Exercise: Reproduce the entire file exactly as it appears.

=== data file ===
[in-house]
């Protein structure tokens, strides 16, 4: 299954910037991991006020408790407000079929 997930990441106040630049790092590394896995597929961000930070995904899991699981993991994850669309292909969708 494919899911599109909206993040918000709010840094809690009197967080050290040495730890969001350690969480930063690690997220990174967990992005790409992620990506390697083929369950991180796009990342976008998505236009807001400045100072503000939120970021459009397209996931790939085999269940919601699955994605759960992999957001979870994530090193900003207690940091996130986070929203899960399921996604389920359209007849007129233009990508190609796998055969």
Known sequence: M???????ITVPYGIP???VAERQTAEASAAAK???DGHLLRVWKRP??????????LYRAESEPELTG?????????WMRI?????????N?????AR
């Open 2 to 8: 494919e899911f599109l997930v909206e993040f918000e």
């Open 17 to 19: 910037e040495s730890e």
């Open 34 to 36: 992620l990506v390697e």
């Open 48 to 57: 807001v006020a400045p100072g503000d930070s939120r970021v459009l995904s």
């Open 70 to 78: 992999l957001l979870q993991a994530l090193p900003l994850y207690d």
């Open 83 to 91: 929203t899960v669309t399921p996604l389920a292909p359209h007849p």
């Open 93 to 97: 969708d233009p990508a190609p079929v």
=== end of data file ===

[in-house]
């Protein structure tokens, strides 16, 4: 299954910037991991006020408790407000079929 997930990441106040630049790092590394896995597929961000930070995904899991699981993991994850669309292909969708 494919899911599109909206993040918000709010840094809690009197967080050290040495730890969001350690969480930063690690997220990174967990992005790409992620990506390697083929369950991180796009990342976008998505236009807001400045100072503000939120970021459009397209996931790939085999269940919601699955994605759960992999957001979870994530090193900003207690940091996130986070929203899960399921996604389920359209007849007129233009990508190609796998055969």
Known sequence: M???????ITVPYGIP???VAERQTAEASAAAK???DGHLLRVWKRP??????????LYRAESEPELTG?????????WMRI?????????N?????AR
């Open 2 to 8: 494919e899911f599109l997930v909206e993040f918000e």
């Open 17 to 19: 910037e040495s730890e």
């Open 34 to 36: 992620l990506v390697e």
């Open 48 to 57: 807001v006020a400045p100072g503000d930070s939120r970021v459009l995904s």
């Open 70 to 78: 992999l957001l979870q993991a994530l090193p900003l994850y207690d």
């Open 83 to 91: 929203t899960v669309t399921p996604l389920a292909p359209h007849p």
């Open 93 to 97: 969708d233009p990508a190609p079929v």